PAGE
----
Paul L. Caron

Tuesday, November 30, 2021

Dean & Brakman Reiser Present For-Profit Philanthropy Today At Georgetown

Steven Dean (Brooklyn) & Dana Brakman Reiser (Brooklyn; Google Scholar) present For-Profit Philanthropy: Constraining Elite Power in Limited Liability Companies, Donor-Advised Funds and Strategic Corporate Giving (Oxford University Press 2022) at Georgetown today as part of its Tax Law and Public Finance Workshop hosted by Brian Galle:

In response to revelations that more than 100 extremely wealthy taxpayers paid no income tax at all (without breaking a single rule) the Tax Reform Act of 1969 created the alternative minimum tax. More than half a century later, the country seems genuinely surprised to find that while they may have traded yachts for spacecraft, the wealthiest Americans still often pay not even one dollar of tax. As was true decades ago, they need not break—or even bend—any laws to do so.

Perhaps doubting its wherewithal to directly turn private wealth into public resources through taxation, the 1969 tax reform also attempted to tame elite power with a strategic Grand Bargain. And for a time, it seemed to have succeeded. Its private foundation regime demanded accountability and a golden age of philanthropy unfolded. Extraordinary public benefits flowed from a partnership between the wealthiest Americans and the most vulnerable.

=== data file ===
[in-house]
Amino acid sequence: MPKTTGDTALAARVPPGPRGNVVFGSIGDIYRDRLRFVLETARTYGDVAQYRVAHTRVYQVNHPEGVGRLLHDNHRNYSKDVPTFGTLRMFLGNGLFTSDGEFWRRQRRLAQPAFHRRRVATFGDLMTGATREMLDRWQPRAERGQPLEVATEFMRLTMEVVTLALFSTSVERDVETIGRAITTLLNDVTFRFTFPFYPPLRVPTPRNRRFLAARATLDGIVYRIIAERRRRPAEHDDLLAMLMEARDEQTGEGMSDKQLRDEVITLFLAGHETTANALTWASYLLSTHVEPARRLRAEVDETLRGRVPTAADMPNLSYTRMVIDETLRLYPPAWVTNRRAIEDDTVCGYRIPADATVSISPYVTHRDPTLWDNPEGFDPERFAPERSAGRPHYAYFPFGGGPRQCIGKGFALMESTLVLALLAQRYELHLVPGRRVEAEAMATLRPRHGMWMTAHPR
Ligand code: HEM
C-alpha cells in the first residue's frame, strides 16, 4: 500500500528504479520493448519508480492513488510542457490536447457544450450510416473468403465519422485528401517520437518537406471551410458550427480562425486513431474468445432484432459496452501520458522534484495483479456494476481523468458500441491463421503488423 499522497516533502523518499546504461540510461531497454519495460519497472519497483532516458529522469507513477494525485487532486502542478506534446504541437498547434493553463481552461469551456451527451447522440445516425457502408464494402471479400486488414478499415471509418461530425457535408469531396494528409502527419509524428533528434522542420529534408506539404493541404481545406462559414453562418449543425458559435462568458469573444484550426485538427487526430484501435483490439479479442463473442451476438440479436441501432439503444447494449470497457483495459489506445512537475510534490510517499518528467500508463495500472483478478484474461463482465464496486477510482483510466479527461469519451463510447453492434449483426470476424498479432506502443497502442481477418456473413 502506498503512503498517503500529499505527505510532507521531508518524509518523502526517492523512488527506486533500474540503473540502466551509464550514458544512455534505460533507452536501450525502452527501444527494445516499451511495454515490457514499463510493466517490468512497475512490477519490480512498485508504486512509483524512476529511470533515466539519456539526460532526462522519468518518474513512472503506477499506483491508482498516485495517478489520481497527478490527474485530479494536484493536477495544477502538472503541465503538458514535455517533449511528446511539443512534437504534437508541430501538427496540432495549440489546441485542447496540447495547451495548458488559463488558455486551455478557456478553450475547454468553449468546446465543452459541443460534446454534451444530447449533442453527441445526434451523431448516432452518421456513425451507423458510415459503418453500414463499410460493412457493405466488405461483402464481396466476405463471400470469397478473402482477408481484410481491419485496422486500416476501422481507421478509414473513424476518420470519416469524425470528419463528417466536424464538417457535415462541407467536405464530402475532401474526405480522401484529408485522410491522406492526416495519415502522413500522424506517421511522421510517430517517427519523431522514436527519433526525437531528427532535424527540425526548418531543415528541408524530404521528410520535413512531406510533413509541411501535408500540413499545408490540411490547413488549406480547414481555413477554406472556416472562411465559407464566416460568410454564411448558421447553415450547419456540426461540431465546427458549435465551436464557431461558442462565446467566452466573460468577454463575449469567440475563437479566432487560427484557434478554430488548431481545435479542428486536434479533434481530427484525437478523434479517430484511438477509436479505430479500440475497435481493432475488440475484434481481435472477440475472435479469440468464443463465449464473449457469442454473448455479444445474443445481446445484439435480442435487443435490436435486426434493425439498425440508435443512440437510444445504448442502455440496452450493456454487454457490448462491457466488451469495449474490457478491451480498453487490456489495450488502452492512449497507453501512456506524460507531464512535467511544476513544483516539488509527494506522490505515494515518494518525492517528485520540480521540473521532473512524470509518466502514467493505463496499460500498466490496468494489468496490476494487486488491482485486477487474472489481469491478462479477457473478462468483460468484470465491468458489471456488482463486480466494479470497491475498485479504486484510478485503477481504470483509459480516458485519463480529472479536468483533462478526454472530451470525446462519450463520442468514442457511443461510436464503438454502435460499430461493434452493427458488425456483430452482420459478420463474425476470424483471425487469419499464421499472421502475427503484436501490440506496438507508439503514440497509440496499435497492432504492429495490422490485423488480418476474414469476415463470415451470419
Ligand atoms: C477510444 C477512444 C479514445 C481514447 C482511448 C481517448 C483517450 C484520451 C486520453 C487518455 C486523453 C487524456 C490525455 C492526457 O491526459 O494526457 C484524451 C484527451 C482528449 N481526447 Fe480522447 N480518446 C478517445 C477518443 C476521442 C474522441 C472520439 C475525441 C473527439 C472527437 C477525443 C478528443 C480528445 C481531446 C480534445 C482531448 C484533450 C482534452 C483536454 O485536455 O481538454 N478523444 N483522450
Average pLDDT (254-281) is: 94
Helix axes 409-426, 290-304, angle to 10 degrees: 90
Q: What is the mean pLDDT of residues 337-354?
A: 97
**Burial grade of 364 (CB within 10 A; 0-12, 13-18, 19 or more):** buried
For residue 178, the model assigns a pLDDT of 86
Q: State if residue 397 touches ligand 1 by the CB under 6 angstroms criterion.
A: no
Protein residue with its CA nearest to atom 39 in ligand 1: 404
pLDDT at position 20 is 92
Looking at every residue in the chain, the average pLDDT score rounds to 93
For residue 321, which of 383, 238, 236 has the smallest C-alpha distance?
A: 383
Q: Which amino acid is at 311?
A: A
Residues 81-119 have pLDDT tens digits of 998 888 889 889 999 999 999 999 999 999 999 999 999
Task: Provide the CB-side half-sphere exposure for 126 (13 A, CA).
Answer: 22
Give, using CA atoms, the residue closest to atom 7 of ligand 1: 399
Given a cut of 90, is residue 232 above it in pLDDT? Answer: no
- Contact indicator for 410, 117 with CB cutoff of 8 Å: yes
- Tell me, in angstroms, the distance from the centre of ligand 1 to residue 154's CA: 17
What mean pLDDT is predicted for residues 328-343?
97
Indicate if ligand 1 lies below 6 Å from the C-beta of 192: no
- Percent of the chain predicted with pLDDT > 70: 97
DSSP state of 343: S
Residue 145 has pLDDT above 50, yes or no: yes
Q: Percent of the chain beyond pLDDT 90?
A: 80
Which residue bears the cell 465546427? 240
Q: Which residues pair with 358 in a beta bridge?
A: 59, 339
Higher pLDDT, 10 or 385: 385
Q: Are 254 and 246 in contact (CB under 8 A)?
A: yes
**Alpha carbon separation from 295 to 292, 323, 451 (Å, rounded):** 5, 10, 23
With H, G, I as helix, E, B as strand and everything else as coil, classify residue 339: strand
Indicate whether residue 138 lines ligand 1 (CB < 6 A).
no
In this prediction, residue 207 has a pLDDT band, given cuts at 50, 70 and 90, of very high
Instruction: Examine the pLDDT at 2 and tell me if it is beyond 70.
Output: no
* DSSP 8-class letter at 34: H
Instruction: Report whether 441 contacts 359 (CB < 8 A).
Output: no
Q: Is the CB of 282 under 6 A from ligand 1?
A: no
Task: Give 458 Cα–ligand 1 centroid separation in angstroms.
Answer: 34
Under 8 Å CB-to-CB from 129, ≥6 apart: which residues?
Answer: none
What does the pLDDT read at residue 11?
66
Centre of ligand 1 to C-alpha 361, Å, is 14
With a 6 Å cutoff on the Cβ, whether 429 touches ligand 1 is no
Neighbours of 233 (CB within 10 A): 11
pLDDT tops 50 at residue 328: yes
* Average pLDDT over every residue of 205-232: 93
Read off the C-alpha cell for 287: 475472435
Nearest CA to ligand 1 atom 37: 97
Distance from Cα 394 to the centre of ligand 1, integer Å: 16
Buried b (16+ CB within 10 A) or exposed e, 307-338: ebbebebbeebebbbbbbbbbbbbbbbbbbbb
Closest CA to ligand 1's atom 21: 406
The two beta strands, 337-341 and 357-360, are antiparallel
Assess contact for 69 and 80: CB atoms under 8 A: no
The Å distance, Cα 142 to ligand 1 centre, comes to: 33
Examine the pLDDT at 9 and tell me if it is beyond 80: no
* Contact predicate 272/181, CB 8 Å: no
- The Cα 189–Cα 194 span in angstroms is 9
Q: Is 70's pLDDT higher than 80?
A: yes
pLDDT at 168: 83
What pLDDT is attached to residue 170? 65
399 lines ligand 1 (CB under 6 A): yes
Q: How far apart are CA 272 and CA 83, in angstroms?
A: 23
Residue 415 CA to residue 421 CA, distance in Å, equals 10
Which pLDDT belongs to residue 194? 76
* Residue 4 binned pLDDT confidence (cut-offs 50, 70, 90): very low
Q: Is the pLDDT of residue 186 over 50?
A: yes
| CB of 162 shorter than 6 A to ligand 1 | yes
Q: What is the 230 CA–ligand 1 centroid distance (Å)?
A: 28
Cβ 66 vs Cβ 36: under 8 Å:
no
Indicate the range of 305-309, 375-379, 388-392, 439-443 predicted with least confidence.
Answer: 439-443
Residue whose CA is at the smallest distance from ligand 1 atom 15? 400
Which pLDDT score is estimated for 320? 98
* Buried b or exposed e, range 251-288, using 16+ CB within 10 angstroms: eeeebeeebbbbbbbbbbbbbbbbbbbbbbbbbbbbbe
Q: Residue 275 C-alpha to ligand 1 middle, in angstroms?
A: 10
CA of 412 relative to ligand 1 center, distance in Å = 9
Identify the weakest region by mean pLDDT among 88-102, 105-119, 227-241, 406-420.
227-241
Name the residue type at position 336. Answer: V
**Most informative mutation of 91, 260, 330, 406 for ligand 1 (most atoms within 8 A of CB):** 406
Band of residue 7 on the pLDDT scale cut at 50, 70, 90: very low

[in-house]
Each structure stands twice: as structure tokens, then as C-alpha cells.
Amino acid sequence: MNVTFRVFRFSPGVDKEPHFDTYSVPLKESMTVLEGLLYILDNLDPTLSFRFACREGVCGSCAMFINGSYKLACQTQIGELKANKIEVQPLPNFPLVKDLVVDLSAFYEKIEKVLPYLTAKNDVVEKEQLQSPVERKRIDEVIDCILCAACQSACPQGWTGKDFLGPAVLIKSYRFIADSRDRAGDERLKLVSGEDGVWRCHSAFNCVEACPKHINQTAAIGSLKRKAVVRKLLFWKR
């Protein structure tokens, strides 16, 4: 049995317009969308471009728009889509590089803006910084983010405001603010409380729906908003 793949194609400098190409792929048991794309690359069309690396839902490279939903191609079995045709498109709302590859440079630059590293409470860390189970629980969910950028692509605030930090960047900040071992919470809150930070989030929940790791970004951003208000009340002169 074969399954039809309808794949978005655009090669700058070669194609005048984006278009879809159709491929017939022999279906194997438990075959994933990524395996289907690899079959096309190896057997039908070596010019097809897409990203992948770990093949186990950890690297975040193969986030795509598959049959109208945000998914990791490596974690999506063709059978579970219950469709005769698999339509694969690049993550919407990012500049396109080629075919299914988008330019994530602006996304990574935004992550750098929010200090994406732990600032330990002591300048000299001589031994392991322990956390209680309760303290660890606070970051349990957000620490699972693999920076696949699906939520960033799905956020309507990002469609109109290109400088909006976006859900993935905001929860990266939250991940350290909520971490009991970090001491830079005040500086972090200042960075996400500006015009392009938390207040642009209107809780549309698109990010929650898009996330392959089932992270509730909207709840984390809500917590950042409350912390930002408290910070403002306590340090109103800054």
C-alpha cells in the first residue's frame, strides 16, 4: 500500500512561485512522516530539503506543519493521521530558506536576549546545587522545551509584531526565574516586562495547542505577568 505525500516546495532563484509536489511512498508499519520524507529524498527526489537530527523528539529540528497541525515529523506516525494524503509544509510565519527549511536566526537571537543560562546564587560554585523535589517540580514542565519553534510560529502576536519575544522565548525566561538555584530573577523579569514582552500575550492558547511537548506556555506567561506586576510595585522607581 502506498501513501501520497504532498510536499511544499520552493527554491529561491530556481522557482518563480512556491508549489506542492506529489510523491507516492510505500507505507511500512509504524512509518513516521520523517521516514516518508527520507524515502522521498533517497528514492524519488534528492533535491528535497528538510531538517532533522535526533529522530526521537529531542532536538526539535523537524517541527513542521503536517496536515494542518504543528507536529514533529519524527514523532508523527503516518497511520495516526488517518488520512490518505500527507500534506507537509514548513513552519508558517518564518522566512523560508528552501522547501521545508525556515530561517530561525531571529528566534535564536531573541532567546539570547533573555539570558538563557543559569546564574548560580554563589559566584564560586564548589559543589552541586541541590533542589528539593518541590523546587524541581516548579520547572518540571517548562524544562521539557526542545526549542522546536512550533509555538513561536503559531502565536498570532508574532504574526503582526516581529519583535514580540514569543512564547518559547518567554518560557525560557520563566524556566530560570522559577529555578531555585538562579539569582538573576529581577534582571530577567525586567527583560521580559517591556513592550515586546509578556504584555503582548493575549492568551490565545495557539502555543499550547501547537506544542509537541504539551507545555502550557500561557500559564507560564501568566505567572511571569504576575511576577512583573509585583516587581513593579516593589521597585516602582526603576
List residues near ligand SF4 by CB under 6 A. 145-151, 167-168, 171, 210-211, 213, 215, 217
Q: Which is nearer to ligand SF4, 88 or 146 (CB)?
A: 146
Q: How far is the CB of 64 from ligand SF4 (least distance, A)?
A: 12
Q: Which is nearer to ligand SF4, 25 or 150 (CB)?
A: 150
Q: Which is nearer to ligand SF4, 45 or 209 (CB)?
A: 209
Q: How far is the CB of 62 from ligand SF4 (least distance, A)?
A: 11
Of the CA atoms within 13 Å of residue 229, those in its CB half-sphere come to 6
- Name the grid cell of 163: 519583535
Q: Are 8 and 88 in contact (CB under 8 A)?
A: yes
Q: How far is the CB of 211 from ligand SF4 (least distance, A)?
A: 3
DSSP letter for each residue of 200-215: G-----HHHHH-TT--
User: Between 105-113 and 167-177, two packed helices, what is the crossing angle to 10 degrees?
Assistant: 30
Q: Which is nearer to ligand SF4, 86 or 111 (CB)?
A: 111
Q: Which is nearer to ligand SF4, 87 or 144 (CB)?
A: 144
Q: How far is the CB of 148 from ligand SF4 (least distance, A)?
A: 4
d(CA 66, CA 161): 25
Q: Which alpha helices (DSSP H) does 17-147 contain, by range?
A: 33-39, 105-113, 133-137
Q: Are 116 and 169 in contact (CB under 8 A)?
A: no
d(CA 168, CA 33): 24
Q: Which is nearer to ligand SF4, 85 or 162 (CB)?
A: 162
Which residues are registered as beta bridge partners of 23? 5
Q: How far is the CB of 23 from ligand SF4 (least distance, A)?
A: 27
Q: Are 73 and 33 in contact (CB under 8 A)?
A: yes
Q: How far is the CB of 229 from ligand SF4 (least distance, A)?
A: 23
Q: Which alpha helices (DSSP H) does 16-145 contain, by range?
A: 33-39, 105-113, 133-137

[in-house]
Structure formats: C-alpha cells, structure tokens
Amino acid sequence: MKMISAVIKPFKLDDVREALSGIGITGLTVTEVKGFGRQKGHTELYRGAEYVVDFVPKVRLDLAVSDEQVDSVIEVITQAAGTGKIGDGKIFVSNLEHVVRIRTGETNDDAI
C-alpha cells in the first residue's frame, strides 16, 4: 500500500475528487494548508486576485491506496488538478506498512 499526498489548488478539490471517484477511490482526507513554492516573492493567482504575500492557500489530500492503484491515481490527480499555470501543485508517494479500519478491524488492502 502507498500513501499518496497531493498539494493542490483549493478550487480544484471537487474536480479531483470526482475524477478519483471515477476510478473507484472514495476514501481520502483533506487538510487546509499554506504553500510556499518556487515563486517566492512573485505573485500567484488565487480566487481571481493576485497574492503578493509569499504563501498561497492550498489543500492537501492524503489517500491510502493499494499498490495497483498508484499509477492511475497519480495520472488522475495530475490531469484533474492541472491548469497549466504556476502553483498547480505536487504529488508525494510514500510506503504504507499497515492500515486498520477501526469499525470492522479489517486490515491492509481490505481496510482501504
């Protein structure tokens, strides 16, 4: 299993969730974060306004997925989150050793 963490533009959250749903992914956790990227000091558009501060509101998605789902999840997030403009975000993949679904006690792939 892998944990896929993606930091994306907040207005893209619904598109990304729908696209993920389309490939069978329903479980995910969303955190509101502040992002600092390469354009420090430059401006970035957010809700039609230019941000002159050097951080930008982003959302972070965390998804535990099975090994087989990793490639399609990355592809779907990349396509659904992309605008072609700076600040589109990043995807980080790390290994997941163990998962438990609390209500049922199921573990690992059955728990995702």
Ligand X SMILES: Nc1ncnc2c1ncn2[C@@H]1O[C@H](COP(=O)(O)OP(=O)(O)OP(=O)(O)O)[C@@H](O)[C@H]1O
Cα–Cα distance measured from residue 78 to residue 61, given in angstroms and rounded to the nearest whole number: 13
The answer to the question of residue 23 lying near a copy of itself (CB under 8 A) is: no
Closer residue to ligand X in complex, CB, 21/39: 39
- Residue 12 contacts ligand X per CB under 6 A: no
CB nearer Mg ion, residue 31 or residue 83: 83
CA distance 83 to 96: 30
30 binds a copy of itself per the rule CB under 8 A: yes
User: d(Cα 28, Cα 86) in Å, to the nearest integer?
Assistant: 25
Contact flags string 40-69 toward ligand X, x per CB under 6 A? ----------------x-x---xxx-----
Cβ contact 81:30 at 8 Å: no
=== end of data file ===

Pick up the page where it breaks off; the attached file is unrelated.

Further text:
While other legislative bulwarks of the 1960s have been sunk by devastating broadsides, the Grand Bargain’s slow death has been one of a thousand small cuts. The Supreme Court eviscerated the 1965 Voting Rights Act’s protections against discrimination, dismissing its worries about the disenfranchisement of voters as “based on 40-year-old facts having no logical relationship to the present day.” The unsettling consequences of the Supreme Court’s failure to anticipate a new wave of voting limits have come to dominate our nation’s political discourse.

The rise of the philanthropy LLC, commercially affiliated donor-advised funds, and strategic corporate philanthropy has hardly gone unnoticed. But because they have been viewed as distinct phenomena affecting—respectively—the transparency, timing, and targeting of philanthropy, their devastating collective impact on the Grand Bargain has remained obscured. As a result, the urgent efforts to ensure that the public’s voice not be silenced through modern-day poll taxes have not been matched by a comprehensive push to contain the unbridled power of elites on display in the emergence of for-profit philanthropy.

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